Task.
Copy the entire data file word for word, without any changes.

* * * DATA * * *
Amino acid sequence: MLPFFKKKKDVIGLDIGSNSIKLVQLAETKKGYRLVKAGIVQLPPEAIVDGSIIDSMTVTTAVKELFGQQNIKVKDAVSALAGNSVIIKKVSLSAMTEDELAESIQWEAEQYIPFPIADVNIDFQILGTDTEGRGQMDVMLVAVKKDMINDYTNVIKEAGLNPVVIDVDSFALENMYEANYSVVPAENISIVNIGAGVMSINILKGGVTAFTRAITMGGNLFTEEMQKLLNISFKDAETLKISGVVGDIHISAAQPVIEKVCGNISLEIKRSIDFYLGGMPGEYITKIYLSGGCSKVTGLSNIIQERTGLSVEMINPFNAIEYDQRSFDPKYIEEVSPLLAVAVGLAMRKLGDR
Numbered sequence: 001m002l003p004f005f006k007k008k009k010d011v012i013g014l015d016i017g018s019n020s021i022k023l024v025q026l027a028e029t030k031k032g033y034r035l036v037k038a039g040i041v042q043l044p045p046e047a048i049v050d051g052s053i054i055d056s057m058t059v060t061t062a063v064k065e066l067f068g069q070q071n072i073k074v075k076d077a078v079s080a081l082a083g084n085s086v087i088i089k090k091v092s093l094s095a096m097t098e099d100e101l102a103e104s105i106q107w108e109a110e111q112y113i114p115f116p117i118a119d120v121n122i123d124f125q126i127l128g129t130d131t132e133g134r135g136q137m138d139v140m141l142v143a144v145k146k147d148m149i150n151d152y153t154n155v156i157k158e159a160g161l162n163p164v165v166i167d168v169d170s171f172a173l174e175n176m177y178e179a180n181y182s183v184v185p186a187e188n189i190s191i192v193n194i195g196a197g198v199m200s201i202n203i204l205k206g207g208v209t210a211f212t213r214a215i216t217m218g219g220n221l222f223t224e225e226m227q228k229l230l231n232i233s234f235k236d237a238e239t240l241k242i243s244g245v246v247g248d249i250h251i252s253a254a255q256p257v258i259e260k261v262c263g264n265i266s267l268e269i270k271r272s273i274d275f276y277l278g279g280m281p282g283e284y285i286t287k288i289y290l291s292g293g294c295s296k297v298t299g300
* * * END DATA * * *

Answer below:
Amino acid sequence: MLPFFKKKKDVIGLDIGSNSIKLVQLAETKKGYRLVKAGIVQLPPEAIVDGSIIDSMTVTTAVKELFGQQNIKVKDAVSALAGNSVIIKKVSLSAMTEDELAESIQWEAEQYIPFPIADVNIDFQILGTDTEGRGQMDVMLVAVKKDMINDYTNVIKEAGLNPVVIDVDSFALENMYEANYSVVPAENISIVNIGAGVMSINILKGGVTAFTRAITMGGNLFTEEMQKLLNISFKDAETLKISGVVGDIHISAAQPVIEKVCGNISLEIKRSIDFYLGGMPGEYITKIYLSGGCSKVTGLSNIIQERTGLSVEMINPFNAIEYDQRSFDPKYIEEVSPLLAVAVGLAMRKLGDR
Numbered sequence: 001m002l003p004f005f006k007k008k009k010d011v012i013g014l015d016i017g018s019n020s021i022k023l024v025q026l027a028e029t030k031k032g033y034r035l036v037k038a039g040i041v042q043l044p045p046e047a048i049v050d051g052s053i054i055d056s057m058t059v060t061t062a063v064k065e066l067f068g069q070q071n072i073k074v075k076d077a078v079s080a081l082a083g084n085s086v087i088i089k090k091v092s093l094s095a096m097t098e099d100e101l102a103e104s105i106q107w108e109a110e111q112y113i114p115f116p117i118a119d120v121n122i123d124f125q126i127l128g129t130d131t132e133g134r135g136q137m138d139v140m141l142v143a144v145k146k147d148m149i150n151d152y153t154n155v156i157k158e159a160g161l162n163p164v165v166i167d168v169d170s171f172a173l174e175n176m177y178e179a180n181y182s183v184v185p186a187e188n189i190s191i192v193n194i195g196a197g198v199m200s201i202n203i204l205k206g207g208v209t210a211f212t213r214a215i216t217m218g219g220n221l222f223t224e225e226m227q228k229l230l231n232i233s234f235k236d237a238e239t240l241k242i243s244g245v246v247g248d249i250h251i252s253a254a255q256p257v258i259e260k261v262c263g264n265i266s267l268e269i270k271r272s273i274d275f276y277l278g279g280m281p282g283e284y285i286t287k288i289y290l291s292g293g294c295s296k297v298t299g300